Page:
Regulating Trading Practices
Andreas M. Fleckner
Max Planck Institute for Comparative and International Private Law
December 6, 2014
Oxford University Press, The Oxford Handbook of Financial Regulation, Forthcoming
High-frequency trading, dark pools, front-running, phantom orders, short selling — the way securities are traded ranks high among today’s regulatory challenges. Thanks to a steady stream of news reports, investor complaints and public investigations, it has become commonplace, both in financial and academic circles, to call for the government to intervene and impose order. The regulation of trading practices, one of the oldest roots of securities law and still a regulatory mystery to many people, is suddenly the talk of the town. From a historical and comparative perspective, however, many of the recent developments look less dramatic than some observers believe. This is the quintessence of the present chapter. It explains how today’s regulatory regime evolved, identifies the key rationale for governments to intervene, and analyzes the rules, regulators and techniques of the world’s leading jurisdictions. The chapter’s central argument is that governments should focus on the price formation process and ensure that it is purely market-driven. Local regulators and self-regulatory organizations will take care of the rest.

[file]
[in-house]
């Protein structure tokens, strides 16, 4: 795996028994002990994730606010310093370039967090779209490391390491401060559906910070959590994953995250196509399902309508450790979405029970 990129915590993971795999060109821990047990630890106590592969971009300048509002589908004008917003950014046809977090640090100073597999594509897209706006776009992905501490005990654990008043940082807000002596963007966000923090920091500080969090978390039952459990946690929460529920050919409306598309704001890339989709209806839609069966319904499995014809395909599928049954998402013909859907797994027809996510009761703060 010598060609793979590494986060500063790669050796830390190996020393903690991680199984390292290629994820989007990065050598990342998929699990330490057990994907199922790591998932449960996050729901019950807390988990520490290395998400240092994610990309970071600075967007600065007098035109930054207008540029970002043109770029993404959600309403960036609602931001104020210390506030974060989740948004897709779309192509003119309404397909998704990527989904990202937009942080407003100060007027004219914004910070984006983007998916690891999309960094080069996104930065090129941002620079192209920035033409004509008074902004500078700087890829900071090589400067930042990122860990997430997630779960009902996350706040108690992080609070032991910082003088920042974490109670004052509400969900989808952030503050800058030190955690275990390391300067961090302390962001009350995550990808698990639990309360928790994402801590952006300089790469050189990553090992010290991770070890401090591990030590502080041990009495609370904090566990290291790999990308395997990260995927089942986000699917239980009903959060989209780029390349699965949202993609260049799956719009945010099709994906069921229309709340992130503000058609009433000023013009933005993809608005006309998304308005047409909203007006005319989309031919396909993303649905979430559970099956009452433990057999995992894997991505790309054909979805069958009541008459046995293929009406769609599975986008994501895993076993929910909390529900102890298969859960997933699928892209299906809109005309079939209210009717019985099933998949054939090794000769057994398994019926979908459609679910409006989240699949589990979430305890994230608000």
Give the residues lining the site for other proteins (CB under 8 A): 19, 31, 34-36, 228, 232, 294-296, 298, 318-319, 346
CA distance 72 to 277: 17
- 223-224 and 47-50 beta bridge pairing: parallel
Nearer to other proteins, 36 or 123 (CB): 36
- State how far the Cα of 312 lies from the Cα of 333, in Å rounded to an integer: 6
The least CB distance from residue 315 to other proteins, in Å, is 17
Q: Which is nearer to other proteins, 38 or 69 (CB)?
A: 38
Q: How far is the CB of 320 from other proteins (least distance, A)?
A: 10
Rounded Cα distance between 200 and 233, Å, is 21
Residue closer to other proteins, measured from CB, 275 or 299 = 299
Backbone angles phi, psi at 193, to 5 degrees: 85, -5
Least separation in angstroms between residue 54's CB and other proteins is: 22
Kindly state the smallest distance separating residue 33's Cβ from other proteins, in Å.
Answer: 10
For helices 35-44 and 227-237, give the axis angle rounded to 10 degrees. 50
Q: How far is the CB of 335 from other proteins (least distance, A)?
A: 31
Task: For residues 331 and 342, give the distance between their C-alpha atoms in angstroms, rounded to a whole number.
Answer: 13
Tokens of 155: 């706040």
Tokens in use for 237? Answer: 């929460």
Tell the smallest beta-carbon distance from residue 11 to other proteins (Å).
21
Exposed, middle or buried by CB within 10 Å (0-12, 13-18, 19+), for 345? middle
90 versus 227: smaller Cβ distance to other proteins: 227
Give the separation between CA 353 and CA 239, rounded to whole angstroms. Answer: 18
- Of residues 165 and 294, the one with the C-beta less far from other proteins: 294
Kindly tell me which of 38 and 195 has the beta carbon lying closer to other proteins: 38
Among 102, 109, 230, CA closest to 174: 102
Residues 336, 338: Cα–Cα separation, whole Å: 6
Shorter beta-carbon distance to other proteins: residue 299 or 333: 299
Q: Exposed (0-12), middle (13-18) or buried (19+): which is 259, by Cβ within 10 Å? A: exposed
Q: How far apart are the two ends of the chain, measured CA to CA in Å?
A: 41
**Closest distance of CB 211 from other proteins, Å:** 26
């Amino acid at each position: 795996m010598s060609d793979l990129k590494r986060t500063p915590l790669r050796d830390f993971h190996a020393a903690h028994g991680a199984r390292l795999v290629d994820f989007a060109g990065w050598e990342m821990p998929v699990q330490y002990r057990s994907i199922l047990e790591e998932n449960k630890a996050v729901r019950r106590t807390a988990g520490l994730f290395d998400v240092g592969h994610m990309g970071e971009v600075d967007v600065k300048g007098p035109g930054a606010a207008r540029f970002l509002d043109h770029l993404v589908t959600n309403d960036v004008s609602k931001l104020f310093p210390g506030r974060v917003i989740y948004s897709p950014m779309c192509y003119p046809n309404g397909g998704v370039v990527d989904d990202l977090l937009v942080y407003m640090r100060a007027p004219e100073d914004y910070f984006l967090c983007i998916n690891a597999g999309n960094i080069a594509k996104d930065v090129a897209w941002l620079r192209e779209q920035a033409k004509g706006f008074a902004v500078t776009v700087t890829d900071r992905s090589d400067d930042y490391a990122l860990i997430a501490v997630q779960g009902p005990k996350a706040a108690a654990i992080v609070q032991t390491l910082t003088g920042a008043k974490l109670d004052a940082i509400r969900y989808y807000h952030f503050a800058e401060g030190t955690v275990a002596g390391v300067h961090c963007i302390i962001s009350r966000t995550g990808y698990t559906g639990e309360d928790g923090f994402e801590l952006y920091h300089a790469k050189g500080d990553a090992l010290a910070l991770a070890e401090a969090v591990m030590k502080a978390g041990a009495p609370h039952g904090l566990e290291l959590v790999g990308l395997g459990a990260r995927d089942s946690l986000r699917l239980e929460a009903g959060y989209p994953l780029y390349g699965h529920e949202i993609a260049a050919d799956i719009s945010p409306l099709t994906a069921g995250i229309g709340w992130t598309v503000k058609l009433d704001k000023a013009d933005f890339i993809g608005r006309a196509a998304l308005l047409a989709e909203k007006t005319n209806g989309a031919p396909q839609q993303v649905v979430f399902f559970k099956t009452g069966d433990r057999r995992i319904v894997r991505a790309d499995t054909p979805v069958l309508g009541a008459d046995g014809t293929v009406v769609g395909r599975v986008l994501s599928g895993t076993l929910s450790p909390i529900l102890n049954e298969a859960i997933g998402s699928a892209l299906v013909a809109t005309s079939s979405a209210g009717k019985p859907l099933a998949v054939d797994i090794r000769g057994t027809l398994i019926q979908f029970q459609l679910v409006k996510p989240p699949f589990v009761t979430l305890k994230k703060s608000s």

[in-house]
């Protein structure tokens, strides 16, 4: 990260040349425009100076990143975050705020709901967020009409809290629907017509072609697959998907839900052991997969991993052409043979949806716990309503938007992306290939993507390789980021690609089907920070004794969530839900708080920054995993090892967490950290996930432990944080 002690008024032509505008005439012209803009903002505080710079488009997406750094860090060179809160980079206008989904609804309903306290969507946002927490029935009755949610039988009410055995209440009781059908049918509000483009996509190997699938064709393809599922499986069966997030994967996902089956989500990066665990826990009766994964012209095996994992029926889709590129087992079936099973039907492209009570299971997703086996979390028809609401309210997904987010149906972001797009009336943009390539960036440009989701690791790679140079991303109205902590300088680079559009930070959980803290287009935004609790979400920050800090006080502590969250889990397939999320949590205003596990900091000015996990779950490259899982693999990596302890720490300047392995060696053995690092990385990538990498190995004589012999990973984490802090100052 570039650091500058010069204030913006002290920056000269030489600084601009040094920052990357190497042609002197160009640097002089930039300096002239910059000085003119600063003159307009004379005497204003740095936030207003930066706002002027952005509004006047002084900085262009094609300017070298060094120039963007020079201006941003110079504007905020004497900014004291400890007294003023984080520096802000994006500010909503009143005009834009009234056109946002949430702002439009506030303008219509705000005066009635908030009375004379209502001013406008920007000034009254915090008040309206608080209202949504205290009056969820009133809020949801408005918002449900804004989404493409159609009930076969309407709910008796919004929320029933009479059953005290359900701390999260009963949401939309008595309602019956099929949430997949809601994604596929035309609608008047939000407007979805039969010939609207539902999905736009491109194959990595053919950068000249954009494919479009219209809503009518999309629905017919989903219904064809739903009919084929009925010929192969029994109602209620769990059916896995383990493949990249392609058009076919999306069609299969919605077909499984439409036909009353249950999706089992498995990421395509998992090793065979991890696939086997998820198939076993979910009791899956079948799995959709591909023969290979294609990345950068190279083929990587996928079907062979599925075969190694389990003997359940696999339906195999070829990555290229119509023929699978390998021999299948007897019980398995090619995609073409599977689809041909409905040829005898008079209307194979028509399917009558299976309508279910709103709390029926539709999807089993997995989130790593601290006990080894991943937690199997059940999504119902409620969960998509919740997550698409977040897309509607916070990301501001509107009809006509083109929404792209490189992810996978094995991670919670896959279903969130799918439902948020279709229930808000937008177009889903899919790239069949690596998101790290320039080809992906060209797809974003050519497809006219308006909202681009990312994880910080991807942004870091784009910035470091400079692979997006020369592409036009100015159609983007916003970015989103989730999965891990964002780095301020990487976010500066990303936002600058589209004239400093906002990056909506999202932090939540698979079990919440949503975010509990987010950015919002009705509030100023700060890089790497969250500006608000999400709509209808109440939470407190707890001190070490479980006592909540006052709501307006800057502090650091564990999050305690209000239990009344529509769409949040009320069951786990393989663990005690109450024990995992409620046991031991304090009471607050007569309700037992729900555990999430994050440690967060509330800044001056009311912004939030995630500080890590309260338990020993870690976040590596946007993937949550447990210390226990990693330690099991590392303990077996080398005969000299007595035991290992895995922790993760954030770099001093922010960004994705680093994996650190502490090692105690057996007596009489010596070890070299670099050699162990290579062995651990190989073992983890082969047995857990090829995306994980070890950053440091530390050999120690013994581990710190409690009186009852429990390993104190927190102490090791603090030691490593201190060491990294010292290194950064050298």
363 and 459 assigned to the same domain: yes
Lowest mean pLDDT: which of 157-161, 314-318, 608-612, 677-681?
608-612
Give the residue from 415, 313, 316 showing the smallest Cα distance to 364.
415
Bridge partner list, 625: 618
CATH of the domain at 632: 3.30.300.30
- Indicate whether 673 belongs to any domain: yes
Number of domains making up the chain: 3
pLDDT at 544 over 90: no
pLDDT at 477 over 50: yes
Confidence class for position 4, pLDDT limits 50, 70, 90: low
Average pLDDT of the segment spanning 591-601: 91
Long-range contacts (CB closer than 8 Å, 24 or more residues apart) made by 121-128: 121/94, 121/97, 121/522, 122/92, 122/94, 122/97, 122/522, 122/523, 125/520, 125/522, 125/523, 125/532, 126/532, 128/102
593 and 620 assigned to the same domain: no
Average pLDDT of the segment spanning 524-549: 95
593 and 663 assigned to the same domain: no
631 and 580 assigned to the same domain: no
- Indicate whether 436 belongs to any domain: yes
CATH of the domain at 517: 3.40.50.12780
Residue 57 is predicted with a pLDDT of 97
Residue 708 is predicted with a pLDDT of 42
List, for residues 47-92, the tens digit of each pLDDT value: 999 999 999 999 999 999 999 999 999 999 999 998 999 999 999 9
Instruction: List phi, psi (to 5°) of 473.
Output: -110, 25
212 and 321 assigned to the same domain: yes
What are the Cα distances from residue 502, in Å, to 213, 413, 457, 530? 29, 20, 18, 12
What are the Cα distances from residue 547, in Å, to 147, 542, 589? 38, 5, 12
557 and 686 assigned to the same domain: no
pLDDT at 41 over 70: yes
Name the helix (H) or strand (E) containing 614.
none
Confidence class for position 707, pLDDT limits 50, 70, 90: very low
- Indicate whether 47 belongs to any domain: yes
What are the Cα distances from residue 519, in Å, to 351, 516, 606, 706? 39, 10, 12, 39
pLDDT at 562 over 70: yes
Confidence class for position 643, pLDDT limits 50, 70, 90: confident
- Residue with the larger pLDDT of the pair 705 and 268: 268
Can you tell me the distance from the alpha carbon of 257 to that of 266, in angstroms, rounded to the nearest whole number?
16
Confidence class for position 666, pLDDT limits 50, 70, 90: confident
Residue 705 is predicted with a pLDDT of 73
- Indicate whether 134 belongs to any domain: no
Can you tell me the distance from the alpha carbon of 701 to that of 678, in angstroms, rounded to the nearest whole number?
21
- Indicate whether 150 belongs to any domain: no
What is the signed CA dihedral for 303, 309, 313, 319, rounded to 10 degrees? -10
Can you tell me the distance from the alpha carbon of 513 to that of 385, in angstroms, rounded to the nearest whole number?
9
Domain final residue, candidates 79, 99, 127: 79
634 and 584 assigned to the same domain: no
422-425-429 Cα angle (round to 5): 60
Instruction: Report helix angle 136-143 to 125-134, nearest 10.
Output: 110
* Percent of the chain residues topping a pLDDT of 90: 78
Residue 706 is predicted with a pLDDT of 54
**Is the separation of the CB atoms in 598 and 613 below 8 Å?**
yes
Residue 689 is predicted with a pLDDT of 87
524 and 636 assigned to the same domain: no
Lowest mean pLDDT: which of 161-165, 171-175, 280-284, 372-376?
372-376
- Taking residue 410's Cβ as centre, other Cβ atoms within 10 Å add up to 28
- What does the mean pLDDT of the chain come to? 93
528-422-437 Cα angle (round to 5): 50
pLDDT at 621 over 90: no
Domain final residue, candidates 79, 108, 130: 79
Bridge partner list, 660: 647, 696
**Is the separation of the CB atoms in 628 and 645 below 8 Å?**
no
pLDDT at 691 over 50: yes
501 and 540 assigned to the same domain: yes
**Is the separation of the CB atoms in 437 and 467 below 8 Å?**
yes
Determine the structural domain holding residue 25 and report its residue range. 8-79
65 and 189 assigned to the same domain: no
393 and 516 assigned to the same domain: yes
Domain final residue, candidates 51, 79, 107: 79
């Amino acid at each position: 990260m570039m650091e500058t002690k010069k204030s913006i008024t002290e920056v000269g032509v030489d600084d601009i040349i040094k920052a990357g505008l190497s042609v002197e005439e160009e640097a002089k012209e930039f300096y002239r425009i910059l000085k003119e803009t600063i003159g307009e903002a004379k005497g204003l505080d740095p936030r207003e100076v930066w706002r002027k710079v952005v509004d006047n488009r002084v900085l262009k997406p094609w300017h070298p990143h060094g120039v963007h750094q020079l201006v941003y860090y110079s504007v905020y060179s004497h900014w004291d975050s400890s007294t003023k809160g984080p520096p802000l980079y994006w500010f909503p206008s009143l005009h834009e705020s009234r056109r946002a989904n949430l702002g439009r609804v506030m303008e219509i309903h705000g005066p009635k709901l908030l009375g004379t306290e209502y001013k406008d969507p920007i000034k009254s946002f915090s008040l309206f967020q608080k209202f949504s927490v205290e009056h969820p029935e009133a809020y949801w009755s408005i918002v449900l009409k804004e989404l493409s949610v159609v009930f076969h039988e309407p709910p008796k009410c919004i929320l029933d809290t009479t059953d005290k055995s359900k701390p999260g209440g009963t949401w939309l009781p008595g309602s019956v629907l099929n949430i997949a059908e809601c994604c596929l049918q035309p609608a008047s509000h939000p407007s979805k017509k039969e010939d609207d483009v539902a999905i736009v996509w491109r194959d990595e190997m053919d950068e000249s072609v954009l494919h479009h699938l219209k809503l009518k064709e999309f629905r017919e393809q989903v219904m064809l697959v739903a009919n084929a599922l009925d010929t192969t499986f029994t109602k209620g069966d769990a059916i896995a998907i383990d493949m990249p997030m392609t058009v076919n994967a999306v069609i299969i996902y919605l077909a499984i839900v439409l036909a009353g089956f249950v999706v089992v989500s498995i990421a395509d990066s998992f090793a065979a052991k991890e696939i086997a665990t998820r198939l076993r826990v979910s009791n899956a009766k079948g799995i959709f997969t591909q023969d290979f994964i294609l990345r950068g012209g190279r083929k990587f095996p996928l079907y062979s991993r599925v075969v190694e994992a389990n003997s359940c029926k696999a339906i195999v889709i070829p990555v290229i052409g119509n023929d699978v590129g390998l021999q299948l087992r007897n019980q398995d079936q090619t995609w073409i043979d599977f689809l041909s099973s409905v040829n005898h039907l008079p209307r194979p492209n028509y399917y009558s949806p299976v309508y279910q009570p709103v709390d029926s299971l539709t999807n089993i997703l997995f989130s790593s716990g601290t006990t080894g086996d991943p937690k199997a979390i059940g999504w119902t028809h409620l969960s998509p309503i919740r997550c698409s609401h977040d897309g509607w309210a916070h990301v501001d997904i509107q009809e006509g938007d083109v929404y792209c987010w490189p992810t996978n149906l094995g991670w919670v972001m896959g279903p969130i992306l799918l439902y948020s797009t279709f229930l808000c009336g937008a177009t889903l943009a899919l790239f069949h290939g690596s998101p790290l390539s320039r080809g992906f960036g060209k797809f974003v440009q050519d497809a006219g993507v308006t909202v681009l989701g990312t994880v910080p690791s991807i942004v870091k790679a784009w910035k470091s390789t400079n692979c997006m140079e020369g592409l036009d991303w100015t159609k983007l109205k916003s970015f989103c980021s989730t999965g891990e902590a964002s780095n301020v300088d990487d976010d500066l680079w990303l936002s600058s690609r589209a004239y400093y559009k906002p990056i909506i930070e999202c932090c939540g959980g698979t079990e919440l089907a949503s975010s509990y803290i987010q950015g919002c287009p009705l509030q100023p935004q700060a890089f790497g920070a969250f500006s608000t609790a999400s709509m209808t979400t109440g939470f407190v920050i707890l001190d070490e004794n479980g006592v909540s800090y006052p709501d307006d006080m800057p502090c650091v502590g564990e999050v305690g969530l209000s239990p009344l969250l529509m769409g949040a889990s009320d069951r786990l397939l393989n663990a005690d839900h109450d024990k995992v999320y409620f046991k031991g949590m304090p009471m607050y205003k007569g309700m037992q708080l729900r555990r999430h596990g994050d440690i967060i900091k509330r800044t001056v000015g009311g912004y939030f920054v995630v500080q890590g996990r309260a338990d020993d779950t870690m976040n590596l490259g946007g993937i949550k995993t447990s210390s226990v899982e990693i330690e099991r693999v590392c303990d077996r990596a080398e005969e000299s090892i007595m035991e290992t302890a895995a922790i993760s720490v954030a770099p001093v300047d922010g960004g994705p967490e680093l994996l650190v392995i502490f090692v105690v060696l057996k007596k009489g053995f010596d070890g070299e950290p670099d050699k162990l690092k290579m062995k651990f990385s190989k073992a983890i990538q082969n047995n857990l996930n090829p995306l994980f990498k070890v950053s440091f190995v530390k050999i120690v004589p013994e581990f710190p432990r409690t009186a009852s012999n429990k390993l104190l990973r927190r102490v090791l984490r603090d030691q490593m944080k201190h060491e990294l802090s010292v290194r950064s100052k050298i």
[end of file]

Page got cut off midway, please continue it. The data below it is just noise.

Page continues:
Number of Pages in PDF File: 52
Keywords: exchanges, securities trading, standardization, self-regulation, state intervention, securities regulation, price formation, price discovery, market efficiency, financial stability, investor protection, front-running, algorithmic trading, high-frequency trading, short selling, market fragmentation
JEL Classification: D4, D53, F3, G1, G18, G2, G23, G24, G28, H1, K2, K22, L1, L5, N2, N20, N4, N40Accepted Paper Series
Date posted: August 8, 2014 ; Last revised: December 15, 2014
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